However, according to a 2005 study "although it was recently reported that lavender oil, and its major constituent linalyl acetate, are toxic to human skin cells in vitro, contact dermatitis to lavender oil appears to occur at only a very low frequency. The relevance of this in vitro toxicity to dermatological application of Lavandula oils remains unclear."
In terms of photoxicity, a 2007 investigative report from European researchers stated that, "Lavender oil and sandalwood oil did not induce photohaemolysis in our test system. However, a few reports on photosensitivity reactions due to these substances have been published, e.g. one patient with persistent light reaction and a positive photo-patch test to sandalwood oil."
In 2007 a study was published in the New England Journal of Medicine which indicated that studies in human cell lines indicated that the two oils (lavender and tea tree oils) had estrogenic and antiandrogenic activities. They concluded that repeated topical exposure to lavender and tea tree oils probably caused prepubertal gynaecomastia in some boys.
The study has been criticised on many different levels by many authorities. The Aromatherapy Trade Council of the UK has issued a rebuttal 
The Australian Tea Tree Association, a group that promotes the interests of Australian tea tree oil producers, exporters and manufacturers issued a letter that questioned the study and called on the New England Journal of Medicine for a retraction (ATTIA). 
The New England Journal of Medicine has so far not replied and has not retracted the study.
Flower spikes are used for dried flower arrangements. The fragrant, pale purple flowers and flower buds are used in potpourris. Lavender is also used extensively as herbal filler inside sachets used to freshen linens. Dried and sealed in pouches, lavender flowers are placed among stored items of clothing to give a fresh fragrance and to deter moths. Dried lavender flowers have become recently popular for wedding confetti. Lavender is also popular in scented waters and sachets.
The ancient Greeks called the lavender herb nardus, after the Syrian city of Naarda. It was also commonly called nard.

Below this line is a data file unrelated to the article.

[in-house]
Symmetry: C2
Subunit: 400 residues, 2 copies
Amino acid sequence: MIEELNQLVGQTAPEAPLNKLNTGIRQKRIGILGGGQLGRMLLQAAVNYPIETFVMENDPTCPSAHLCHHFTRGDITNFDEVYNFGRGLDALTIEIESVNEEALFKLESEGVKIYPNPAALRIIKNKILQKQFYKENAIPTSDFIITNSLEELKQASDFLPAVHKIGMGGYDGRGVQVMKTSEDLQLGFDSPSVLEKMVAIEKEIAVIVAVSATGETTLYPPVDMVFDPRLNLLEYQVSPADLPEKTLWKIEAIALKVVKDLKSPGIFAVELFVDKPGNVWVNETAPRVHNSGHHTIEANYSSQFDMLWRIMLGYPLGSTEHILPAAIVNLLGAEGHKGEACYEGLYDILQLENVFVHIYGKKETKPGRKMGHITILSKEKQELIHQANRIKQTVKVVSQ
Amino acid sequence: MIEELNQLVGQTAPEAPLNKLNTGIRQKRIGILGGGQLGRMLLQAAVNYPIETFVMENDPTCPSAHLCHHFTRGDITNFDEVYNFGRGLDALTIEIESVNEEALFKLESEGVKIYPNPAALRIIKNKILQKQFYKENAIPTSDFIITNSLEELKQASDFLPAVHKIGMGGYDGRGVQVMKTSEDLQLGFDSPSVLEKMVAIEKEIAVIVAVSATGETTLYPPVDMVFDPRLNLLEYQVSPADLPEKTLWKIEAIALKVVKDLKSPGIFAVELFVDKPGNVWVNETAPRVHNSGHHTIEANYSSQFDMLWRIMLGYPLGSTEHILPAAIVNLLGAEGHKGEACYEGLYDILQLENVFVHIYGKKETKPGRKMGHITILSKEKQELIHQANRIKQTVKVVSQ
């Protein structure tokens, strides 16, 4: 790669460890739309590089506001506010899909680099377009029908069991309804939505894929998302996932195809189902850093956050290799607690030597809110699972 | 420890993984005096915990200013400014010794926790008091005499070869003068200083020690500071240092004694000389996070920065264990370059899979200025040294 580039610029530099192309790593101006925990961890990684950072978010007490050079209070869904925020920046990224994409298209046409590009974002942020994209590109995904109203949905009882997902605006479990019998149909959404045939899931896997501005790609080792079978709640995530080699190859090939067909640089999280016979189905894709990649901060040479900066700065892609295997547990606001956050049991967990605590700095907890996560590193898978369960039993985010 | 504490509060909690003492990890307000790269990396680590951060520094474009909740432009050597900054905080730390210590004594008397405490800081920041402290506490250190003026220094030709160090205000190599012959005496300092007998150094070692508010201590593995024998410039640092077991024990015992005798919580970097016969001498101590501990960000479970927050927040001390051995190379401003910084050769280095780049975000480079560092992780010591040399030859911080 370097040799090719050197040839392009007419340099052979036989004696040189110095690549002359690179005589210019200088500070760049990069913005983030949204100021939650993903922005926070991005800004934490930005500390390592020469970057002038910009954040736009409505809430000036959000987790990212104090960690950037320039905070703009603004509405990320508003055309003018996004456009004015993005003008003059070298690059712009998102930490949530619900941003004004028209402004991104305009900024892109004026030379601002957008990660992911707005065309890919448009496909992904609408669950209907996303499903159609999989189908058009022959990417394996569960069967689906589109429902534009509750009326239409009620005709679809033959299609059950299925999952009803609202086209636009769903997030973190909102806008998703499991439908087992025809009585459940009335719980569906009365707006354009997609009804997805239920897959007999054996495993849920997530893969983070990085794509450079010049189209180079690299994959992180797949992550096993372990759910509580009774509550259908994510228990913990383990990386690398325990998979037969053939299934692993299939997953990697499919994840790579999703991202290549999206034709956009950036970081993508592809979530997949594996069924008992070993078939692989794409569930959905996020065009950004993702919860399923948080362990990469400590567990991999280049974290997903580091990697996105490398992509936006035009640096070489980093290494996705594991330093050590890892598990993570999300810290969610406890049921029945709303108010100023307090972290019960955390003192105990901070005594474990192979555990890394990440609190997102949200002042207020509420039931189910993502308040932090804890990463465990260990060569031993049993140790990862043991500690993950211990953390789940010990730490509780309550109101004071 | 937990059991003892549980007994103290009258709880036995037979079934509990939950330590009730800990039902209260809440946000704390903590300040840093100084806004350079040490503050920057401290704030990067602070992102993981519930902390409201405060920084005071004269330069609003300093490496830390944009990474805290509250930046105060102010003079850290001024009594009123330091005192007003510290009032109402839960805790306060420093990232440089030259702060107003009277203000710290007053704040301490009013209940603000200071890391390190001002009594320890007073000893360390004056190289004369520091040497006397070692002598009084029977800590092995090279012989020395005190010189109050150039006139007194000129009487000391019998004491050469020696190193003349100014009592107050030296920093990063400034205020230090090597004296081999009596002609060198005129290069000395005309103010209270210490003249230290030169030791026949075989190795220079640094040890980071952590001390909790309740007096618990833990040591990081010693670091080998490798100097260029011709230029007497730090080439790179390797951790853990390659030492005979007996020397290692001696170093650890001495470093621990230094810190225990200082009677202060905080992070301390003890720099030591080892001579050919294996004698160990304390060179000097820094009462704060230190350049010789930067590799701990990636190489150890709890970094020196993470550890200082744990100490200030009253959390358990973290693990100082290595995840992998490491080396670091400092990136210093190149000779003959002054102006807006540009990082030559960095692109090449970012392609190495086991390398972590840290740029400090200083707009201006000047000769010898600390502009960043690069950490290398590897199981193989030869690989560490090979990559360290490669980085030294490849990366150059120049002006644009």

Lavender was one of the holy herbs used in the biblical Temple to prepare the holy essence, and nard is mentioned in the Song of Solomon (4,14)
nard and saffron,
calamus and cinnamon,
with every kind of incense tree,
with myrrh and aloes,
and all the finest spices.
During Roman times, flowers were sold for 100 denarii per pound, which was about the same as a month's wages for a farm laborer, or fifty haircuts from the local barber. Lavender was commonly used in Roman baths to scent the water, and it was thought to restore the skin. Its late Latin name was lavandārius, from lavanda (things to be washed), from the verb lavāre (to wash). When the Roman Empire conquered southern Britain, the Romans introduced lavender. The Greeks discovered early on that lavender if crushed and treated correctly would release a relaxing fume when burned.
I. Subgenus Lavandula Upson & S. Andrews subgen. nov.
i. Section Lavandula (3 species)
* Lavandula angustifolia Mill. – Common or true lavender
subsppp. angustifolia, pyrenaica
* Lavandula latifolia [Medik] – Portuguese or Spike lavender
* Lavandula lanata [Boiss.]
* Lavandula × chaytorae Upson & S. Andrews nothosp. nov. (L. angustifolia subsp. angustifolia x L. lanata )
* Lavandula × intermedia Emeric ex Loisel. (L. angustifolia subsp. angustifolia x L. latifolia ) – Dutch lavender
ii. Section Dentatae Suarez-Cerv. & Seoane-Camba (1 species)
* Lavandula dentata [L.] – French lavender
var. dentata (rosea, albiflora), candicans (persicina) [Batt.]
iii. Section Stoechas Ging. (3 species)
* Lavandula stoechas [L.] – Spanish lavender
* Lavandula pedunculata Mill.(Cav.)
* Lavandula viridis L'Her.
Intersectional hybrids (Dentatae and Lavendula)
* Lavandula × heterophylla Viv. (L. dentata x L. latifolia )
* Lavandula × allardii
* Lavandula × ginginsii Upson & S. Andrews nothosp. nov. (L. dentata x L. lanata )
II. Subgenus Fabricia (Adams.) Upson & S. Andrews, comb.nov.
iv. Section Pterostoechas Ging. (16 species)
* Lavandula multifida L. – Fernleaf lavender, Egyptian lavender
* Lavandula canariensis Mill.
* Lavandula minutolii Bolle
* Lavandula bramwellii Upson & S. Andrews
* Lavandula pinnata L. – Fernleaf lavender
* Lavandula buchii Webb & Berthel.
* Lavandula rotundifolia Benth.
* Lavandula maroccana Murb.
* Lavandula tenuisecta Coss. ex Ball
* Lavandula rejdalii Upson & Jury
* Lavandula mairei Humbert
* Lavandula coronopifoliaPoir.
* Lavandula saharica Upson & Jury
* Lavandula antineae Maire
* Lavandula pubescens Decne.
* Lavandula citriodora A.G. Mill.
* Lavandula × christiana Gattef. & Maire (L. pinnata x L. canariensis)
v. Section Subnudae Chaytor (10 species)
* Lavandula subnuda Benth.
* Lavandula macra Baker
* Lavandula dhofarensis A.G. Mill.
* Lavandula samhanensis Upson & S. Andrews sp. nov.
* Lavandula setifera T. Anderson
* Lavandula qishnensis Upson & S. Andrews sp. nov.
* Lavandula nimmoi Benth.
* Lavandula galgalloensis A.G. Mill.
* Lavandula aristibracteata A.G. Mill.
* Lavandula somaliensis Chaytor